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Car Seat Safety Part 2
March 21, 2008 5:21 pm | by
I asked Maryanne to explain some of the mistakes she sees that she listed in the first post. Some are very self explanatory, but here are her answers:

  • Facing forward too soon
How long should a child Rear Face? A child should remain rearfacing to the limits of their particular carseat. The limits being the carseat’s rearfacing weight limit AND you must ensure that they have 1″ or more of plastic shell above their head.
  • Boosters being used too soon
When is a child old enough or big enough for a booster? A good goal is to keep a child in a 5-point harness through age 4. Once a child hits age 5, a booster might be an option depending on the child’s size and maturity.
  • Using LATCH for center positions when LATCH is not allowed in the center for that vehicle
How do I know what LATCH positions are allowed? You must read your vehicle’s manual to find out which seating positions allow for usage of the lower anchors.
  • Loose straps
How tight should the straps be? If you can pinch the harness vertically between your two fingers, it’s too loose.
  • Aftermarket accessories
What are aftermarket accessories? Aftermarket products include seat protectors, infant body pillows, carseat toys, seat belt tighteners, and anything that does not come in the original box with your carseat.
  • Twisted straps (vehicle seat belts, latch straps, and harness straps)
  • Using the wrong belt path or not switching the LATCH straps (seats have different belt/LATCH paths for RF and FF)
  • Chest clips too low
Where should the chest clip be? The chest clip should be at armpit level.
  • Using seats that are outgrown
How can I tell if my child’s seat is outgrown? You must read your carseat’s manual to find the weight and height limits for your seat.
  • Seat belt installs where the seat belt is NOT locked
You must read your vehicle’s manual to find out how your seat belts lock. There are several types of seat belts and your manual can provide instructions for locking.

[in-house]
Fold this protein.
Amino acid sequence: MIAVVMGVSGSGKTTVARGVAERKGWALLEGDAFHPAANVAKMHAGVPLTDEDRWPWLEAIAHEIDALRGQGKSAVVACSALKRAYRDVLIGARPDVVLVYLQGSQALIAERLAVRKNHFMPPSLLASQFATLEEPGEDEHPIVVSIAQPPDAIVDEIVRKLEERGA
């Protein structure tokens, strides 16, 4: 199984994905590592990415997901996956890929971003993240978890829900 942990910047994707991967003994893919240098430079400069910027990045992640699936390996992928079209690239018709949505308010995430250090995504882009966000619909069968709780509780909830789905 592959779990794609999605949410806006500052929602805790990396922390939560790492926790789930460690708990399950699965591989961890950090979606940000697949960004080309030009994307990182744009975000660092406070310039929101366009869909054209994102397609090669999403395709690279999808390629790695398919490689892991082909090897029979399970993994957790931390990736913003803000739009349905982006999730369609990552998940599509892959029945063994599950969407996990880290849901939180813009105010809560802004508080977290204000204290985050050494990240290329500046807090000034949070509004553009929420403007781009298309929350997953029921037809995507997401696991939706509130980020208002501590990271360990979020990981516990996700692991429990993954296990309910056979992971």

• Not using top tethers
  • Using both LATCH and seat belt
Isn’t that more secure? Using LATCH and seat belts together causes all the straps to interfere with each other and, most importantly, the seat has never been crash tested that way. There is also a possibility that using both systems will double the crash force on the seat, causing it to fail.
  • Not replacing a seat after a crash
  • Expired seats
When do caresats expire? All carseat are labeled with a sticker and/or a stamp in their plastic shell indicating their expirations date. Your manual will also tell you. Most seats expire in 6-8 years.
  • Thick coats
How do you keep a child warm then? Blankets, thin fleece suits, and ponchos can be used. You can also remove a child’s coat, buckle them in, and then put their coat back on backwards.
  • Usage of seats that are recalled
How can I check and see if my seat has been recalled? The best idea is to register your seat as soon as you get it to you will be notified of a recall. An online listing is available on the NTHSA page for Defects and Recalls.
  • Children (12 and under) sitting in the front seat
  • Not reading the carseat manual
  • Not reading the vehicle manual
  • Straps not in the right position (above or below shoulders)
Where should the straps be? If your child is rearfacing, straps should be AT or BELOW the shoulders. If your child is forward facing, straps should be AT or ABOVE the shoulders. Your carseat’s manual will also have information about this, as well as directions on how to adjust the harness height.

Thank you, Maryanne for helping to taking the time to share this information and for your concern with children’s safety!

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